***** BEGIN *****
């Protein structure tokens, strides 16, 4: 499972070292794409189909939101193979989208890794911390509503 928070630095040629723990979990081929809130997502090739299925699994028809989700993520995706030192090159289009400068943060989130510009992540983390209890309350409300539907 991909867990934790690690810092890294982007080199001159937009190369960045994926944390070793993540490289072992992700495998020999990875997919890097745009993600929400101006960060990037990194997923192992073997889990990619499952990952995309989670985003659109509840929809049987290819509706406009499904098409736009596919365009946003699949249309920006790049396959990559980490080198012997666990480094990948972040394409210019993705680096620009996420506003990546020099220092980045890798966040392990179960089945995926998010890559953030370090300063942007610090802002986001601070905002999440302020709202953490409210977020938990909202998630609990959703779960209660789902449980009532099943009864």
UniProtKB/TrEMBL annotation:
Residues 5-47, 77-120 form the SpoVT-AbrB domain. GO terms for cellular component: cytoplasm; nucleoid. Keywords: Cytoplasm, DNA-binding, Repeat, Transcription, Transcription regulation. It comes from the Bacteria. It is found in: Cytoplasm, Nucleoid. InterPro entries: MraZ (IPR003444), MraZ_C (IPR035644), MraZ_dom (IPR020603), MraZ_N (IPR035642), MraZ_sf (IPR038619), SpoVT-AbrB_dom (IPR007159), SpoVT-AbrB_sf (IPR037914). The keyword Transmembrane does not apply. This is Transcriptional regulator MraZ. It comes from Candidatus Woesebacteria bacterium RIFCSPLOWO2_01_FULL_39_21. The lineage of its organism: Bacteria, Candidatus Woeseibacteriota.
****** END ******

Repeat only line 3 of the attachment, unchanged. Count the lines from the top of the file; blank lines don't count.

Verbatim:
Residues 5-47, 77-120 form the SpoVT-AbrB domain. GO terms for cellular component: cytoplasm; nucleoid. Keywords: Cytoplasm, DNA-binding, Repeat, Transcription, Transcription regulation. It comes from the Bacteria. It is found in: Cytoplasm, Nucleoid. InterPro entries: MraZ (IPR003444), MraZ_C (IPR035644), MraZ_dom (IPR020603), MraZ_N (IPR035642), MraZ_sf (IPR038619), SpoVT-AbrB_dom (IPR007159), SpoVT-AbrB_sf (IPR037914). The keyword Transmembrane does not apply. This is Transcriptional regulator MraZ. It comes from Candidatus Woesebacteria bacterium RIFCSPLOWO2_01_FULL_39_21. The lineage of its organism: Bacteria, Candidatus Woeseibacteriota.